I believe in God.
More specifically, I believe in the God of the Bible.
A lot of people don’t.
And once in a while, one of them will ask me, sincerely, how an apparently happy, confident, reasonably intelligent person like me can do that. Isn’t that just blind faith? Isn’t religion just a crutch for the weak, a Magic 8-Ball for the unintelligent, an opiate for the masses?
Sometimes, yes. More than that—I think most religions are all of the above.
But not this one.
So what’s my particular delusion? Why the inconsistency?
Not so fast. Let me explain.
After a lifetime of study and growth, I realize that I’m a believer because God graciously drew me to himself. But from my perspective through that process, it didn’t look like that. It appeared to me that I was making a series of choices (and yes, I was).
- First I chose to follow the example of my parents. Most children do that.
- Then I chose to reject all that, and my life got less pleasant in hurry.
- Motivated more by a selfish desire for happiness than anything numinous, I chose to return to what I had learned earlier, and it worked pretty well. The unpleasantness of the earlier lifestyle went away.
- And so I stayed, and I began to learn things along the way.
- I learned, first, that the Bible is an unusual book—one that can’t be explained naturally.
- As so I began to take it seriously, and I chose to believe what it told me about my sinful self—I’d proved that in the lab already—and about what God had done to restore me to himself. I moved from a largely intellectual belief to an experienced conviction that this—knowing this God—was what I was made for.
Along the way I realized that there were a lot of things about this God that I didn’t understand. And it occurred to me that this was exactly what I should expect. If we had made God up—as an opiate, or whatever—we wouldn’t have made one who occasionally troubled us and, worse, embarrassed us in front of our friends; we’d have made him simpler. But if there really is a God, by definition infinite, then we would expect that he would regularly exceed the limits of our finite minds; he would occasionally go over the horizon of our understanding.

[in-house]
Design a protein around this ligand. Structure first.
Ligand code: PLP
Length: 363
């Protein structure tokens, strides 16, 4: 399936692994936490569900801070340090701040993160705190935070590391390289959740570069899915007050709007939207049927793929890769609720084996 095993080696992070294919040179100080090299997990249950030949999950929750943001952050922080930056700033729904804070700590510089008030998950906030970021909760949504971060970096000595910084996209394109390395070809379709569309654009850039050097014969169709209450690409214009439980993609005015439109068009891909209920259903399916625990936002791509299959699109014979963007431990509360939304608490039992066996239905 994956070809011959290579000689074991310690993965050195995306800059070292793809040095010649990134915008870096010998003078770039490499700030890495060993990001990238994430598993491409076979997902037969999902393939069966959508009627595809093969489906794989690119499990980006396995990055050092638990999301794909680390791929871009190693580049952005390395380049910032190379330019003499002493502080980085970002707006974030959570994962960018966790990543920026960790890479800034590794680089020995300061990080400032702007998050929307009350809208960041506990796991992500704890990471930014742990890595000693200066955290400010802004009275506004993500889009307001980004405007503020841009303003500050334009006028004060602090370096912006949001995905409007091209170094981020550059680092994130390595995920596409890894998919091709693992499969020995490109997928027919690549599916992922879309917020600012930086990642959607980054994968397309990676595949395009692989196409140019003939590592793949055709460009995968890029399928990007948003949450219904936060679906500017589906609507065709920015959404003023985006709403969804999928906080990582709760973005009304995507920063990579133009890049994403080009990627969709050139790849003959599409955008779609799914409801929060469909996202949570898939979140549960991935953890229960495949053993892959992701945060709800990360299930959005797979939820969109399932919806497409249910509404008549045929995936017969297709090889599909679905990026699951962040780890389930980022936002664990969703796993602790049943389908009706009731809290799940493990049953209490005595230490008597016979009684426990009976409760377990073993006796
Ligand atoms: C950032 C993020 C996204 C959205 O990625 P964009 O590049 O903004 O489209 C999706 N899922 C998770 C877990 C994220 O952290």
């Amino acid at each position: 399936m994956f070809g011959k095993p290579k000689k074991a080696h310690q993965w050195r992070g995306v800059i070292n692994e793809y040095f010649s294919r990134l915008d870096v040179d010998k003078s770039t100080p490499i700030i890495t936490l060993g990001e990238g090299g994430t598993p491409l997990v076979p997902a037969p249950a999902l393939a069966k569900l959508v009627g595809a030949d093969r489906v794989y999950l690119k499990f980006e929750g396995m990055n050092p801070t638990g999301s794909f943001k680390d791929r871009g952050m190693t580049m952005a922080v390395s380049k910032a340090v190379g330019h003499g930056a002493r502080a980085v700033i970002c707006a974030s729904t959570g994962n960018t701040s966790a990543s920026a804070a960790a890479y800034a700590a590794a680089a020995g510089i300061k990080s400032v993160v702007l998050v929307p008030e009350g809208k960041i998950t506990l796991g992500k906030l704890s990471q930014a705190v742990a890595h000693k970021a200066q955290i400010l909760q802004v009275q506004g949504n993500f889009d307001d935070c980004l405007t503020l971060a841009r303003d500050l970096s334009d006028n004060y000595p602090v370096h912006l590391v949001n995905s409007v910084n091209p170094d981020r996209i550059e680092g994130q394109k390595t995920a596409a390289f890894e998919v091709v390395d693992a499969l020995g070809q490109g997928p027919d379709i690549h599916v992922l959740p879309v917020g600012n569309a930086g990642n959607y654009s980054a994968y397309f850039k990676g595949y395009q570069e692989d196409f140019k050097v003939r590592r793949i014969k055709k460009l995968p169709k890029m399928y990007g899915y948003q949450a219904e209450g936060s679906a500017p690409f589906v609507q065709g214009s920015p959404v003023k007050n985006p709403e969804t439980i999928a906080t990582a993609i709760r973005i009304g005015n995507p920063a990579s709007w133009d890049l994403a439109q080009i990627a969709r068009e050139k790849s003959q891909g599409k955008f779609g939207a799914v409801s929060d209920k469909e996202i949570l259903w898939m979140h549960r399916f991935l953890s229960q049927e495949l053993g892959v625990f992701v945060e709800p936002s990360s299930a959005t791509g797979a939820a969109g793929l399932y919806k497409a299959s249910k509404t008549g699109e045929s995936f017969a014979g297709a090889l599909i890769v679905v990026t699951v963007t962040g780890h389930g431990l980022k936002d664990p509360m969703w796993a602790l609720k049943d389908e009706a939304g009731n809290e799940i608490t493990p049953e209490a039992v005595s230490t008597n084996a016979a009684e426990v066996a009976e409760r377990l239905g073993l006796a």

That wasn’t difficult for me to embrace. But the hard question is this:
What do you do when he does that? How do you respond when God mystifies or troubles you—when he seems to disappoint you?
Let me respond to that question with its parallel. What do you do when a long-time friend mystifies or troubles you?
I’ve been married for 33 years. I know my dear wife pretty well. She’s retired, and I’m still working. That means that for several hours each day, I’m unable to be at home, and she’s COMPLETELY unaccountable.
I don’t worry.
And not because “I’m all that,” and she’d be a fool to let me go.
No, it’s because I know this woman. I’ve lived with her for 33 years. I know what she’s like. She’s not going to disappoint me.
That’s how healthy relationships work. You trust your friends. And that’s most certainly not blind faith; it’s solidly founded—scientifically founded, if you will—on experience in the lab and in the field.
Nobody wants a marriage where your spouse is constantly checking up on you, constantly fearing that you’re going to do something awful. I don’t check the odometer on the car every night to see if the wife is putting more miles on it than her account of her day would support. Friends don’t treat each other like that.
And I’m not going to treat God like that either. I’m not going to assume the worst whenever something happens that I don’t understand.
Sometimes God goes over the horizon on me. Sometimes his ways puzzle me, and I can’t figure out what he’s up to. But in those moments, I trust him. I trust him because he has always been faithful to me—despite the many times I’ve been unfaithful to him. I trust him scientifically, because he’s proved himself to me in the lab and in the field.
That’s how healthy relationships work.